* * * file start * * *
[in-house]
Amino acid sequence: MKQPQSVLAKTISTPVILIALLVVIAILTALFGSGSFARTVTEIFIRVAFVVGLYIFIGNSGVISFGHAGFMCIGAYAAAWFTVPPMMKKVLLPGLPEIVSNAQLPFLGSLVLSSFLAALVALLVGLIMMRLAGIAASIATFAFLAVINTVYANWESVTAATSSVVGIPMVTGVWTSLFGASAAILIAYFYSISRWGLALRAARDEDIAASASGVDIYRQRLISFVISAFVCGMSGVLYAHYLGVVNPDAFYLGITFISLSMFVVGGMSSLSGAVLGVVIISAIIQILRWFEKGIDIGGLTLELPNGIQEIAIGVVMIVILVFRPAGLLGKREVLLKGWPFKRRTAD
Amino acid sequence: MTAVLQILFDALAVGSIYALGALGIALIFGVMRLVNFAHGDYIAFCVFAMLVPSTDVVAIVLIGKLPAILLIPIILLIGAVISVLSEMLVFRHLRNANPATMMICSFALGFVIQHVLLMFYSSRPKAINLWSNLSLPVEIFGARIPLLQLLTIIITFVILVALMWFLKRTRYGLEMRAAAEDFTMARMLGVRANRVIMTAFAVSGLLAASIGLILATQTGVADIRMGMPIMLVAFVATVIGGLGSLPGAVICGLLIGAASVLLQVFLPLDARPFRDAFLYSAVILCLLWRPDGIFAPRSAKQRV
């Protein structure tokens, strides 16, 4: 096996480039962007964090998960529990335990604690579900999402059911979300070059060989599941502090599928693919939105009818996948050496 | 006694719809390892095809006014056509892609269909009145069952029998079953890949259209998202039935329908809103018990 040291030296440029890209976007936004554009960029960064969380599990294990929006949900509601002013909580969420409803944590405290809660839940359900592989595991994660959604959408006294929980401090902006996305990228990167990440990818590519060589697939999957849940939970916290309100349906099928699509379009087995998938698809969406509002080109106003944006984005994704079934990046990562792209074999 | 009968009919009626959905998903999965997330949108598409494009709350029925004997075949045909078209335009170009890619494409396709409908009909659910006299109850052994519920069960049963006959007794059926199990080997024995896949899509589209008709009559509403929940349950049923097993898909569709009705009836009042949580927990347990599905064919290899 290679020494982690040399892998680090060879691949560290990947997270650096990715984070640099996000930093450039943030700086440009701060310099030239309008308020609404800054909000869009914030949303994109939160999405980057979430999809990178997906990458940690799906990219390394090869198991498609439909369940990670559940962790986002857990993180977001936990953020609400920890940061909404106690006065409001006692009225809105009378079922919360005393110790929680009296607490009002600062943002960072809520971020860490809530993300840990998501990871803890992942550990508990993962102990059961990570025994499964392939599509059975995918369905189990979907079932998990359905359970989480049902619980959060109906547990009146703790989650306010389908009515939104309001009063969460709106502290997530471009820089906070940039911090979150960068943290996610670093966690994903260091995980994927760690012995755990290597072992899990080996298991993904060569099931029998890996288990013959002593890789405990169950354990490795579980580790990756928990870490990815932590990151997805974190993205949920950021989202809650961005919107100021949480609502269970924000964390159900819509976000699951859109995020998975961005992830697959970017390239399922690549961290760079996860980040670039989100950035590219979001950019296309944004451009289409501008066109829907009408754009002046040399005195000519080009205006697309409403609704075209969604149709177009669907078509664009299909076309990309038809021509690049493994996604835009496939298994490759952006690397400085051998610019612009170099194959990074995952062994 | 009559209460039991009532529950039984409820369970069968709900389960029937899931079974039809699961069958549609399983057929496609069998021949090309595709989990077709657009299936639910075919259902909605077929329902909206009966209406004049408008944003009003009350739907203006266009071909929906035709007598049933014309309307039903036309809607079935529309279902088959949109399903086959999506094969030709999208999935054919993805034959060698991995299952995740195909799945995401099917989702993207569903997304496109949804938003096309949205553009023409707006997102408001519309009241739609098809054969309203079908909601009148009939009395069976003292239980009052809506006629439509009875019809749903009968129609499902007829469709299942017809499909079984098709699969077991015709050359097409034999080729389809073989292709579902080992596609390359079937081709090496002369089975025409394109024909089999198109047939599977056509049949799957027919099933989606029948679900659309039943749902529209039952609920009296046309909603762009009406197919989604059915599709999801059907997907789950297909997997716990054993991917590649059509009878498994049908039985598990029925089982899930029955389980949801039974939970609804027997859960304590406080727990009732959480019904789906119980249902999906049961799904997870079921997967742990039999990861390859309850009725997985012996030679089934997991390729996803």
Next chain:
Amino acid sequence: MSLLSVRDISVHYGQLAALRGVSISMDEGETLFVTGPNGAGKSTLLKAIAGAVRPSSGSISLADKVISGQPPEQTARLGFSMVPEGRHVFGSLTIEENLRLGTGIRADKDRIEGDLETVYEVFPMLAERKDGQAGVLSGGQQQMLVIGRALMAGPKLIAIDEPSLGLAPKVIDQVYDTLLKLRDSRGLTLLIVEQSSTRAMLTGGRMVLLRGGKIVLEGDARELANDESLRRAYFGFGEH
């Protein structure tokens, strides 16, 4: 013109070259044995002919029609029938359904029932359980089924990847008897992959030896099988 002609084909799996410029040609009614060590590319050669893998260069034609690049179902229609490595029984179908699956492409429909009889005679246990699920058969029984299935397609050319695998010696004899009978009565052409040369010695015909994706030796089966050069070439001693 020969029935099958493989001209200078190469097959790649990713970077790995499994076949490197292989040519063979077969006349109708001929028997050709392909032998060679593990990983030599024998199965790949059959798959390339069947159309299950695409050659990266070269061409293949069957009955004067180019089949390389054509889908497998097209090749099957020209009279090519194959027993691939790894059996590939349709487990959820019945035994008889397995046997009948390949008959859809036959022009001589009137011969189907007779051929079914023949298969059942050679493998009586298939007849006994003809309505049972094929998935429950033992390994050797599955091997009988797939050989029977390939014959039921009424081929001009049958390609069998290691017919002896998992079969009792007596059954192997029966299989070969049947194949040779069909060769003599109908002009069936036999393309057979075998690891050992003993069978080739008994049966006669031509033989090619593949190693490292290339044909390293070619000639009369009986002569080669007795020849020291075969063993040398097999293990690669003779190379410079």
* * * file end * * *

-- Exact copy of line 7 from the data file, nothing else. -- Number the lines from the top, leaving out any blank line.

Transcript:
């Protein structure tokens, strides 16, 4: 013109070259044995002919029609029938359904029932359980089924990847008897992959030896099988 002609084909799996410029040609009614060590590319050669893998260069034609690049179902229609490595029984179908699956492409429909009889005679246990699920058969029984299935397609050319695998010696004899009978009565052409040369010695015909994706030796089966050069070439001693 020969029935099958493989001209200078190469097959790649990713970077790995499994076949490197292989040519063979077969006349109708001929028997050709392909032998060679593990990983030599024998199965790949059959798959390339069947159309299950695409050659990266070269061409293949069957009955004067180019089949390389054509889908497998097209090749099957020209009279090519194959027993691939790894059996590939349709487990959820019945035994008889397995046997009948390949008959859809036959022009001589009137011969189907007779051929079914023949298969059942050679493998009586298939007849006994003809309505049972094929998935429950033992390994050797599955091997009988797939050989029977390939014959039921009424081929001009049958390609069998290691017919002896998992079969009792007596059954192997029966299989070969049947194949040779069909060769003599109908002009069936036999393309057979075998690891050992003993069978080739008994049966006669031509033989090619593949190693490292290339044909390293070619000639009369009986002569080669007795020849020291075969063993040398097999293990690669003779190379410079």